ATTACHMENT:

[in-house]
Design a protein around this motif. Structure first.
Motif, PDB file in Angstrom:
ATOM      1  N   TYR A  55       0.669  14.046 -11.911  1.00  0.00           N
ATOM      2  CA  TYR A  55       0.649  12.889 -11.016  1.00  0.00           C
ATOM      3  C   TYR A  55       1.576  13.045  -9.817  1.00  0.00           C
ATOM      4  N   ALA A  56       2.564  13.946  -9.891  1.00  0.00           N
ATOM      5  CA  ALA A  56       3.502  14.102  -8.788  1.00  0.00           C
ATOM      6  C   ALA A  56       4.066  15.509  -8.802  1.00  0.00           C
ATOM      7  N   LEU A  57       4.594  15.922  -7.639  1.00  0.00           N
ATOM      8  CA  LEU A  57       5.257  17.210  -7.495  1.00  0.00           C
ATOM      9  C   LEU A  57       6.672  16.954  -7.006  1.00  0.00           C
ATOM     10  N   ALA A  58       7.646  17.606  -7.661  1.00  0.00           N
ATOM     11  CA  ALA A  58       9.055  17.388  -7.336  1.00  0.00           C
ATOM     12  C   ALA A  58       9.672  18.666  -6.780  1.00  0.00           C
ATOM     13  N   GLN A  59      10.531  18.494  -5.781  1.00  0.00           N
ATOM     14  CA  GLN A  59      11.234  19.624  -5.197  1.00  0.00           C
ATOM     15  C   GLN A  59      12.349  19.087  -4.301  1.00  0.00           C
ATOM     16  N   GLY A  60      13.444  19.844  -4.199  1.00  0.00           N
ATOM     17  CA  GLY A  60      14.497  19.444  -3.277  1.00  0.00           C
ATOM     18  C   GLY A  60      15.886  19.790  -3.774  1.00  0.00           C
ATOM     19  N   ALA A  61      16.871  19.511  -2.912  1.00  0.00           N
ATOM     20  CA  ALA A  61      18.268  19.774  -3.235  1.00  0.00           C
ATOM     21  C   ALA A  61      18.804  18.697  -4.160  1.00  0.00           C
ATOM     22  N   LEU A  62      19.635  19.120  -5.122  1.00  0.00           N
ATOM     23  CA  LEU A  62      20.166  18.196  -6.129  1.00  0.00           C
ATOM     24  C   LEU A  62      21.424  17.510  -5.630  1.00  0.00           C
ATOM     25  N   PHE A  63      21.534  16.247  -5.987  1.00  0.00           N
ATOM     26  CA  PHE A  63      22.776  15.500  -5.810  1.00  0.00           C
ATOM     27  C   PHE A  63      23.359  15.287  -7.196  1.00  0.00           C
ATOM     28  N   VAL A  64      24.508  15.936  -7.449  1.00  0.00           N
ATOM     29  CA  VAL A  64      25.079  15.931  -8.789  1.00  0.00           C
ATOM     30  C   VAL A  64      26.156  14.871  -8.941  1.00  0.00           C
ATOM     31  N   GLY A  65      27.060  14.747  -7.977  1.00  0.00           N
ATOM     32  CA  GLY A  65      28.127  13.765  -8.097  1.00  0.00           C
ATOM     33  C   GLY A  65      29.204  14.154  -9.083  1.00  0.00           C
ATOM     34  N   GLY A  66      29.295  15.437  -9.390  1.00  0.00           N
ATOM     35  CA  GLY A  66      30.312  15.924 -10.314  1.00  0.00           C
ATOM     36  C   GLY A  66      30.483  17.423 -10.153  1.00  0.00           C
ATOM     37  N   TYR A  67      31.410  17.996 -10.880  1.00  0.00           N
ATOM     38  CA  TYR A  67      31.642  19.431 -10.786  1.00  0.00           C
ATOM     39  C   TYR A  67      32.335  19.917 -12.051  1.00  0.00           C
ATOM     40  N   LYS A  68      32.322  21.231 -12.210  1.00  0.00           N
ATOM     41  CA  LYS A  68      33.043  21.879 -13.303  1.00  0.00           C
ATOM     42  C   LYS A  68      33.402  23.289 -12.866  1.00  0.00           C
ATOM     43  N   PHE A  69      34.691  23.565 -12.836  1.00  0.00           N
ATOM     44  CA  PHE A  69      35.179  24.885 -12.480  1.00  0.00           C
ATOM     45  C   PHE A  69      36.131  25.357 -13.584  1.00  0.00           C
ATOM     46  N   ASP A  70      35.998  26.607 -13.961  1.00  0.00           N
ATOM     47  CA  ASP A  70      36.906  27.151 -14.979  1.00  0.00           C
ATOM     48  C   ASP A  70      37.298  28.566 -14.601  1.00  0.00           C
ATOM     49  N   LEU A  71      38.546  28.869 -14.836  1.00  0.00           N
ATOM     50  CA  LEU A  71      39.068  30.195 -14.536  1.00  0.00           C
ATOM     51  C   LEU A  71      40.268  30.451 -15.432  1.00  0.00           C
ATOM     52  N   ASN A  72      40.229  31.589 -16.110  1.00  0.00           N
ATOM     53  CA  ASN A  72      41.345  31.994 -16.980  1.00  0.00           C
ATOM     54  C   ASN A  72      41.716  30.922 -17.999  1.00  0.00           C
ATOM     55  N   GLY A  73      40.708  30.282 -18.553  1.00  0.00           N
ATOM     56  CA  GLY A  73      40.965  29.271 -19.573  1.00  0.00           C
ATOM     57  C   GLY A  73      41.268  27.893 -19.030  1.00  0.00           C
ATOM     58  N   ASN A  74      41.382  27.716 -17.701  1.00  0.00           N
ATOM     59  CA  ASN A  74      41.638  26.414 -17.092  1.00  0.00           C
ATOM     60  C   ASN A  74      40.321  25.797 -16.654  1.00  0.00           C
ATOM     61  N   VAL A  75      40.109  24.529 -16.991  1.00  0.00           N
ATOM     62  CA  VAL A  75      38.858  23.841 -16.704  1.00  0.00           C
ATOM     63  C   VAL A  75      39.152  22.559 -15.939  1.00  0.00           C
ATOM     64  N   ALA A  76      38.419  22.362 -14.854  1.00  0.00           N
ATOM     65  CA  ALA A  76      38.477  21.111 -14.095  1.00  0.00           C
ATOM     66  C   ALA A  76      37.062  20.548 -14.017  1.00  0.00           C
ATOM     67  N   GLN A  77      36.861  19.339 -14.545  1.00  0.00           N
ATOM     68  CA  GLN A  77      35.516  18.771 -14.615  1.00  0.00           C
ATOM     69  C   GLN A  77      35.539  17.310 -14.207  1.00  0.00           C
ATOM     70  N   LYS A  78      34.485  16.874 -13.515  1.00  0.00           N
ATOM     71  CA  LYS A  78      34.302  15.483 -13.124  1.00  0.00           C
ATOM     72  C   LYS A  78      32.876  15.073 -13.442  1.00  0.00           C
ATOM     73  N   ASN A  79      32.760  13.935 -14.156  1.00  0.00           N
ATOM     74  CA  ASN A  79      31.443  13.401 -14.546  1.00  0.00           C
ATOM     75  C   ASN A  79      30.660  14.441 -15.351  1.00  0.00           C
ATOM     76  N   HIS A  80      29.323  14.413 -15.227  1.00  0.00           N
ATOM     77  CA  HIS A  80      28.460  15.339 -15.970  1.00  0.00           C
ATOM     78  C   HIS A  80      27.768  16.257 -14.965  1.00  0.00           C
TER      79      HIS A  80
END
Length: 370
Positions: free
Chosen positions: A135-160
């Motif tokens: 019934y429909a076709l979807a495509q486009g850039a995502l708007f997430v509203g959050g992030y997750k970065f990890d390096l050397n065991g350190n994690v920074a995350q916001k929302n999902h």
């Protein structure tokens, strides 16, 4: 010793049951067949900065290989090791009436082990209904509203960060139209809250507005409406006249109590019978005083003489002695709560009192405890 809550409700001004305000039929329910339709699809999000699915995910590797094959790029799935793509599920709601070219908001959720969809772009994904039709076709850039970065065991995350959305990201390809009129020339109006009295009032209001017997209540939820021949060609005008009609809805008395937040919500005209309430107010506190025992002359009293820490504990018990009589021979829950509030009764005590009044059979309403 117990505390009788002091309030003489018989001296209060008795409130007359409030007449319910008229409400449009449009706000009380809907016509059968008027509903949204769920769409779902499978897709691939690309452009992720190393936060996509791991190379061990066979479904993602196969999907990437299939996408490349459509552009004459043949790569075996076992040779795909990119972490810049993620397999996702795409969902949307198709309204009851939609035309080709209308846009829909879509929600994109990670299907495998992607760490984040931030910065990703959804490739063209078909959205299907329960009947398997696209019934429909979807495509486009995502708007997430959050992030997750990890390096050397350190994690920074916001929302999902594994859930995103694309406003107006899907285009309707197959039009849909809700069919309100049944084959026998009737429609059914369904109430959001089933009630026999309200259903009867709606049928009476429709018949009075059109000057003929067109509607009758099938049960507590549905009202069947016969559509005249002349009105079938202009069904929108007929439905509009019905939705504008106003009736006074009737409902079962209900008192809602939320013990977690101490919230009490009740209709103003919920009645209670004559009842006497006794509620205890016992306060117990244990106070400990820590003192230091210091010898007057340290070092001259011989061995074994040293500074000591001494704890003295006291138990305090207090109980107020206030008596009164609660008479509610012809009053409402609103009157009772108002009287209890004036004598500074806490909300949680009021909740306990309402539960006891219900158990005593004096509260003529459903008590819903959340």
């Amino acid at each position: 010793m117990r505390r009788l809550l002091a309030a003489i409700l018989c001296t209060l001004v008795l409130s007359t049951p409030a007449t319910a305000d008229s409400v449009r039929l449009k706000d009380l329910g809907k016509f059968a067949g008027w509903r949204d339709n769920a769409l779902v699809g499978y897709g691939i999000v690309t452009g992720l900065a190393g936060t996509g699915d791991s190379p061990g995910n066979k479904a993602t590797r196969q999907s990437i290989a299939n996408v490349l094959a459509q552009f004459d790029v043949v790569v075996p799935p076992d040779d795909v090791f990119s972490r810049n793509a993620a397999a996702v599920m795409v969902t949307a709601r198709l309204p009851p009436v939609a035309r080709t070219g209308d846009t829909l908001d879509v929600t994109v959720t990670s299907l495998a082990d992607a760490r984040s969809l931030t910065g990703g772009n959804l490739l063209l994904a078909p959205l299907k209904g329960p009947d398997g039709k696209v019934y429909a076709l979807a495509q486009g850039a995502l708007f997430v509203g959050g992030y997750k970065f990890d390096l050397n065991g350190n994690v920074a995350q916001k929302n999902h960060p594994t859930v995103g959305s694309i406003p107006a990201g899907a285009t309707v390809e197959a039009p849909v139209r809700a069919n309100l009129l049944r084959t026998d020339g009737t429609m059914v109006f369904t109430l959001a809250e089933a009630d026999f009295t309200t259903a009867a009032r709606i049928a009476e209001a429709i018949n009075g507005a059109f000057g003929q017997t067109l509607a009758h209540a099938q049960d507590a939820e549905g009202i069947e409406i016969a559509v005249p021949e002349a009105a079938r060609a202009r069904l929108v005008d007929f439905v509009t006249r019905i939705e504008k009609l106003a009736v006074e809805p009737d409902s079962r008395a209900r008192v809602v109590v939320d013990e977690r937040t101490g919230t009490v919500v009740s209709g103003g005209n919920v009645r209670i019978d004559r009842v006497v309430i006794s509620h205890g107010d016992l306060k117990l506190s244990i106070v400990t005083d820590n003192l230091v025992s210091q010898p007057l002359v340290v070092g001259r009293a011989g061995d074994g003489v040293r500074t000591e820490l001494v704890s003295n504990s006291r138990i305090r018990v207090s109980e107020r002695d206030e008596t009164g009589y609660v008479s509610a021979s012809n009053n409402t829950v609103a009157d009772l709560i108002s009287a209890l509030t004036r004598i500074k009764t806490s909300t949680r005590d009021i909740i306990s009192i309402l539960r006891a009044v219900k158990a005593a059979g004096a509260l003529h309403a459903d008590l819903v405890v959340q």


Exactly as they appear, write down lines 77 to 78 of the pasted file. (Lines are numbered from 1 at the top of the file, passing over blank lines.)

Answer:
ATOM     74  CA  ASN A  79      31.443  13.401 -14.546  1.00  0.00           C
ATOM     75  C   ASN A  79      30.660  14.441 -15.351  1.00  0.00           C